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As the U.S. economy recovered from the Great Recession, more households entered the banking system. Still, 9 million households were unbanked in 2015. Understanding the characteristics of these households is critical in designing effective policies for financial inclusion. Policymakers often consider low income to be the defining characteristic of the unbanked. However, this broad characterization may mask large differences in banking status within low-income groups.

Fumiko Hayashi and Sabrina Minhas examine which household characteristics beyond income are associated with households’ probability of being unbanked. They find that even after accounting for income, multiple socioeconomic and technological factors contribute to households’ probability of being unbanked. In particular, they find that low-income households without internet access have a much higher probability of being unbanked than those with internet access.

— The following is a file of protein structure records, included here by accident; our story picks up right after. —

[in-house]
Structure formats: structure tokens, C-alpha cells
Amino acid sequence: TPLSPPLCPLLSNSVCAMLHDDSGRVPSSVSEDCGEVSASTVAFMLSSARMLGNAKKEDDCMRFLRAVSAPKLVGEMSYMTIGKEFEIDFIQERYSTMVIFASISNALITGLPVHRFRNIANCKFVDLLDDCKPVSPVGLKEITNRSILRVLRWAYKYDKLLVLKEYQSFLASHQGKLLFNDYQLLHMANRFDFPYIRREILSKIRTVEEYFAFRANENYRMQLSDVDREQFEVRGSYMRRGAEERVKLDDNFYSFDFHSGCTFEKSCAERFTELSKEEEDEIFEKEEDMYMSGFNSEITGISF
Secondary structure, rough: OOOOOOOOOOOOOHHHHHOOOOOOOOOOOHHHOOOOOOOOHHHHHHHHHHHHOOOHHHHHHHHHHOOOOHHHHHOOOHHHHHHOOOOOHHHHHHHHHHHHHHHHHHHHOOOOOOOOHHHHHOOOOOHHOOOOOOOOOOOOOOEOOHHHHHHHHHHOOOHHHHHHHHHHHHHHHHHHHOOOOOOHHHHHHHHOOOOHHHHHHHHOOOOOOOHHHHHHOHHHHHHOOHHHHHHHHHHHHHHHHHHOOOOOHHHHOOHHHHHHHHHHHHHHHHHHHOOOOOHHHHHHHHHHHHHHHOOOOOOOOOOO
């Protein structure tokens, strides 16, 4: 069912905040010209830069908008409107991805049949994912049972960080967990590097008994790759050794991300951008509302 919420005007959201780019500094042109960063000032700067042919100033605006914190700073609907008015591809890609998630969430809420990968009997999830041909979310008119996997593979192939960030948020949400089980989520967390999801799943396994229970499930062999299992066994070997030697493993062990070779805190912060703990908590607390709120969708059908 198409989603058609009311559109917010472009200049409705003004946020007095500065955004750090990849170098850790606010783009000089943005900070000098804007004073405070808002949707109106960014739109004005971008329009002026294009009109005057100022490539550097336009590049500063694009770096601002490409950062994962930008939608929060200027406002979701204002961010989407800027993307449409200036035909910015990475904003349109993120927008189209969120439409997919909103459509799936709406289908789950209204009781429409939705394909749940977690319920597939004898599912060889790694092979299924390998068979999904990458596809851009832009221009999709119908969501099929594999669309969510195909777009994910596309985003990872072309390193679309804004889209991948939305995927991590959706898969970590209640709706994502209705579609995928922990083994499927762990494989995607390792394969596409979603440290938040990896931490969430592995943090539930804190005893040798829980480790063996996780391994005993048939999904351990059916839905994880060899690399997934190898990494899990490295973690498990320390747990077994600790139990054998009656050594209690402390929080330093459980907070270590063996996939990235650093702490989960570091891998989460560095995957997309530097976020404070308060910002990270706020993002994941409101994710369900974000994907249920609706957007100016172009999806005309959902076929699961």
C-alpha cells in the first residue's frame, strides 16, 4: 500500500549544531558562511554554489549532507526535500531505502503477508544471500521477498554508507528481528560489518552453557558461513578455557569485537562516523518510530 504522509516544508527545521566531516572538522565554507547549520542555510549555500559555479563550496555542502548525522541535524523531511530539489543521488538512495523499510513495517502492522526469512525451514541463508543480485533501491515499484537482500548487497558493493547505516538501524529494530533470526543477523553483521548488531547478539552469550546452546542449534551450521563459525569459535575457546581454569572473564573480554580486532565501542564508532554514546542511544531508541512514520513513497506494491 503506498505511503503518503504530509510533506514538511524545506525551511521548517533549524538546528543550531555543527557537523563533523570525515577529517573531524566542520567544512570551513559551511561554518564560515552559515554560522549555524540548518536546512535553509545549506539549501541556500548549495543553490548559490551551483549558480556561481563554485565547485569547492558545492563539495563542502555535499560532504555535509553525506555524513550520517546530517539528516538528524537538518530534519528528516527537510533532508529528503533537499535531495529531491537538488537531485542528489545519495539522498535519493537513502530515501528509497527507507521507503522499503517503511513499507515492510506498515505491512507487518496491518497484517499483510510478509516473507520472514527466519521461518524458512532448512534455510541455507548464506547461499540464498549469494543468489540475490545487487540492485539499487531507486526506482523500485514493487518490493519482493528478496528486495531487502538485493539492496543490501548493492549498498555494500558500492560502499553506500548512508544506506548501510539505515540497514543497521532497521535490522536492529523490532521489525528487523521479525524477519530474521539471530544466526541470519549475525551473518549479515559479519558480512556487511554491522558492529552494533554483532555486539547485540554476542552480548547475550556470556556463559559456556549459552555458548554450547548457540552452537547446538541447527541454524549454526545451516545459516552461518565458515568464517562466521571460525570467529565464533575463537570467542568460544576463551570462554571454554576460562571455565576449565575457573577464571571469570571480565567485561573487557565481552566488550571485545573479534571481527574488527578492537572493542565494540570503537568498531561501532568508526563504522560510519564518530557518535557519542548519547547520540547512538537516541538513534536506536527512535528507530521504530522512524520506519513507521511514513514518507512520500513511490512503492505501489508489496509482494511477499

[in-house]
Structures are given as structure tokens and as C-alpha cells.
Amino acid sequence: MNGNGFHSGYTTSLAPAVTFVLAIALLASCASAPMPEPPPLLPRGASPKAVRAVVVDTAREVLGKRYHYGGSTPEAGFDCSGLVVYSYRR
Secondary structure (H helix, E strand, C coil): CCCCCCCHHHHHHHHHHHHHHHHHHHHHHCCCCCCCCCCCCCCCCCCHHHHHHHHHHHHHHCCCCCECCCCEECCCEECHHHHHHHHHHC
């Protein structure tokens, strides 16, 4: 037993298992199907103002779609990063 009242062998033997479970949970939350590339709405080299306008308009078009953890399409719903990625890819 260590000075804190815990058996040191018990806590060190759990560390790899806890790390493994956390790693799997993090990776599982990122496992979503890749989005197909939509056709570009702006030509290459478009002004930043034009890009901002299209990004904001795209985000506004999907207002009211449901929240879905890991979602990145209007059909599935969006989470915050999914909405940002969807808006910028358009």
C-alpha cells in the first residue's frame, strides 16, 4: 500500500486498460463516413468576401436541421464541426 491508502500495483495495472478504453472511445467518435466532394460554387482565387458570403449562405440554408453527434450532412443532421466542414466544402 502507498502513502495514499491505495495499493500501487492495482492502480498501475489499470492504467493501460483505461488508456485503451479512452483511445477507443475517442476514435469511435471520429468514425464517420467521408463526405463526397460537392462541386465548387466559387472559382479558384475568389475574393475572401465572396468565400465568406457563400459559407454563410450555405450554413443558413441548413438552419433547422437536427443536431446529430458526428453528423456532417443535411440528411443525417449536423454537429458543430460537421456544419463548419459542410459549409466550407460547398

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Publication information: 2nd Quarter 2018

DOI: 10.18651/ER/2q18HayashiMinhas

Author

Fumiko Hayashi

Payments Policy Advisor and Economist

Fumiko Hayashi is a Payments Policy Advisor and Economist in the Payments System Research Department at the Federal Reserve Bank of Kansas City. Since joining the Federal Reserve…